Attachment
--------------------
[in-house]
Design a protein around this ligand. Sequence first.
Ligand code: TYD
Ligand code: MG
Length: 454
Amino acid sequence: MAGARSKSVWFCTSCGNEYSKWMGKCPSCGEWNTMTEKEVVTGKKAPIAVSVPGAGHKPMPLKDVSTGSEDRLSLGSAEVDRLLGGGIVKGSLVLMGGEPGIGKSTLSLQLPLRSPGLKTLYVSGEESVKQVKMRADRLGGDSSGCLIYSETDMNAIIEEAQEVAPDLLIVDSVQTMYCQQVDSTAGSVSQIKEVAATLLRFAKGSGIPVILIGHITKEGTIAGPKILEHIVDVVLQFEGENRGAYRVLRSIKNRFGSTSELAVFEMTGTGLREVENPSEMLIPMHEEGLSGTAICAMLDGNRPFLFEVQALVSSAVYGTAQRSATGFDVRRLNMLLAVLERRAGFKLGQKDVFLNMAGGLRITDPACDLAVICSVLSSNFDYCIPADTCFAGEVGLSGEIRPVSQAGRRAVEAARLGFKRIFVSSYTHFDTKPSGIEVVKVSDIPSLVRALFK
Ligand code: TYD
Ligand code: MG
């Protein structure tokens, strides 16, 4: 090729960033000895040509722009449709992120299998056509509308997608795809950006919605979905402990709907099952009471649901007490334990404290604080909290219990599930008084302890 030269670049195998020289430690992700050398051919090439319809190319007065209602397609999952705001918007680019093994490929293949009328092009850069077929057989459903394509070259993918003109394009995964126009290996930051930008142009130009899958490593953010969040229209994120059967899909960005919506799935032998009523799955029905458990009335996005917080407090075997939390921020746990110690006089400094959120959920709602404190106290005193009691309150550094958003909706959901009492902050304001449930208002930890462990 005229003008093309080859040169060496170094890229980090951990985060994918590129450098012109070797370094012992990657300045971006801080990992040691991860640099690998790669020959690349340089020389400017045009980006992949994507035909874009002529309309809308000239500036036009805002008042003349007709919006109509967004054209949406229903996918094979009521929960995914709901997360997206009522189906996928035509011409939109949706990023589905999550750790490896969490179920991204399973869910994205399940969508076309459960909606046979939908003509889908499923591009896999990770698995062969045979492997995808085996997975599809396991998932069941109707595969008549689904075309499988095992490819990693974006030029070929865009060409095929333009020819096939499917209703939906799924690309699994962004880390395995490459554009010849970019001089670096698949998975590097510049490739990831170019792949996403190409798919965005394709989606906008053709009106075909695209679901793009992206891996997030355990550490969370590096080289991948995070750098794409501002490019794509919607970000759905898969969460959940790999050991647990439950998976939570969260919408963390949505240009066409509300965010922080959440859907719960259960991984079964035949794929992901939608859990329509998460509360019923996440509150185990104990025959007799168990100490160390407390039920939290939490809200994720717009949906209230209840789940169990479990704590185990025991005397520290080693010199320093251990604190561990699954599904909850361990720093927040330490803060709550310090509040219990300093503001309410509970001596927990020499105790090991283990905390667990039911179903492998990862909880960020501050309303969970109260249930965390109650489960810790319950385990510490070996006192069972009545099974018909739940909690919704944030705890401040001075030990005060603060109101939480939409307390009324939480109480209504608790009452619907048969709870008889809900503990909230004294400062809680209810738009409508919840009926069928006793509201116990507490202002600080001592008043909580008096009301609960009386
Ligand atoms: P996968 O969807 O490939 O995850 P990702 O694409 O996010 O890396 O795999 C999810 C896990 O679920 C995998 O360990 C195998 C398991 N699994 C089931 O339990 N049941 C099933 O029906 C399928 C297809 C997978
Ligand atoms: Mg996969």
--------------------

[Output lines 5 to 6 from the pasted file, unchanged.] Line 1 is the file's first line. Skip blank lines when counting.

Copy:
Length: 454
Amino acid sequence: MAGARSKSVWFCTSCGNEYSKWMGKCPSCGEWNTMTEKEVVTGKKAPIAVSVPGAGHKPMPLKDVSTGSEDRLSLGSAEVDRLLGGGIVKGSLVLMGGEPGIGKSTLSLQLPLRSPGLKTLYVSGEESVKQVKMRADRLGGDSSGCLIYSETDMNAIIEEAQEVAPDLLIVDSVQTMYCQQVDSTAGSVSQIKEVAATLLRFAKGSGIPVILIGHITKEGTIAGPKILEHIVDVVLQFEGENRGAYRVLRSIKNRFGSTSELAVFEMTGTGLREVENPSEMLIPMHEEGLSGTAICAMLDGNRPFLFEVQALVSSAVYGTAQRSATGFDVRRLNMLLAVLERRAGFKLGQKDVFLNMAGGLRITDPACDLAVICSVLSSNFDYCIPADTCFAGEVGLSGEIRPVSQAGRRAVEAARLGFKRIFVSSYTHFDTKPSGIEVVKVSDIPSLVRALFK